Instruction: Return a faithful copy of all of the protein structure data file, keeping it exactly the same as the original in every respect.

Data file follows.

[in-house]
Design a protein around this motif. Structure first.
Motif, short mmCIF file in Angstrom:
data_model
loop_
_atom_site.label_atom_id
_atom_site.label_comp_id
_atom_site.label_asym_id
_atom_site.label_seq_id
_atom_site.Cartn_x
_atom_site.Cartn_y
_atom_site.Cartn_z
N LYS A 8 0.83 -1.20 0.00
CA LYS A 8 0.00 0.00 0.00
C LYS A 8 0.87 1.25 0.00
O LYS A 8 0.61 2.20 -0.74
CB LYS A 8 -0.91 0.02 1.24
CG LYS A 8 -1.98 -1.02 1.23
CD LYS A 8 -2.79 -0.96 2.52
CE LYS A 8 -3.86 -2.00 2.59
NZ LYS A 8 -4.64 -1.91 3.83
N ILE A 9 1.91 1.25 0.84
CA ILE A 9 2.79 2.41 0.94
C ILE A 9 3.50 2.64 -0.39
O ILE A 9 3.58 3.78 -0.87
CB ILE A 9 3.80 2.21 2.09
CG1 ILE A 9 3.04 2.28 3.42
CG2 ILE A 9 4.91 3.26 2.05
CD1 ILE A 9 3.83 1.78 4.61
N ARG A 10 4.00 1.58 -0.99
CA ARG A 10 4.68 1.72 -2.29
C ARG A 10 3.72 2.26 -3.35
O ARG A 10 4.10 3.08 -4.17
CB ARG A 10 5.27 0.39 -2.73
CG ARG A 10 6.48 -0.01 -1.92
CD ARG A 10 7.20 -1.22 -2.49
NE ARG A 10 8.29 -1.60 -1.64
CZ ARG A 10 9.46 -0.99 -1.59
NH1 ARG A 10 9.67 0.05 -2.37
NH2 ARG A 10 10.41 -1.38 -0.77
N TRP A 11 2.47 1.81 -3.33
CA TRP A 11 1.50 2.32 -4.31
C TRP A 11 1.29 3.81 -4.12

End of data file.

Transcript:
[in-house]
Design a protein around this motif. Structure first.
Motif, short mmCIF file in Angstrom:
data_model
loop_
_atom_site.label_atom_id
_atom_site.label_comp_id
_atom_site.label_asym_id
_atom_site.label_seq_id
_atom_site.Cartn_x
_atom_site.Cartn_y
_atom_site.Cartn_z
N LYS A 8 0.83 -1.20 0.00
CA LYS A 8 0.00 0.00 0.00
C LYS A 8 0.87 1.25 0.00
O LYS A 8 0.61 2.20 -0.74
CB LYS A 8 -0.91 0.02 1.24
CG LYS A 8 -1.98 -1.02 1.23
CD LYS A 8 -2.79 -0.96 2.52
CE LYS A 8 -3.86 -2.00 2.59
NZ LYS A 8 -4.64 -1.91 3.83
N ILE A 9 1.91 1.25 0.84
CA ILE A 9 2.79 2.41 0.94
C ILE A 9 3.50 2.64 -0.39
O ILE A 9 3.58 3.78 -0.87
CB ILE A 9 3.80 2.21 2.09
CG1 ILE A 9 3.04 2.28 3.42
CG2 ILE A 9 4.91 3.26 2.05
CD1 ILE A 9 3.83 1.78 4.61
N ARG A 10 4.00 1.58 -0.99
CA ARG A 10 4.68 1.72 -2.29
C ARG A 10 3.72 2.26 -3.35
O ARG A 10 4.10 3.08 -4.17
CB ARG A 10 5.27 0.39 -2.73
CG ARG A 10 6.48 -0.01 -1.92
CD ARG A 10 7.20 -1.22 -2.49
NE ARG A 10 8.29 -1.60 -1.64
CZ ARG A 10 9.46 -0.99 -1.59
NH1 ARG A 10 9.67 0.05 -2.37
NH2 ARG A 10 10.41 -1.38 -0.77
N TRP A 11 2.47 1.81 -3.33
CA TRP A 11 1.50 2.32 -4.31
C TRP A 11 1.29 3.81 -4.12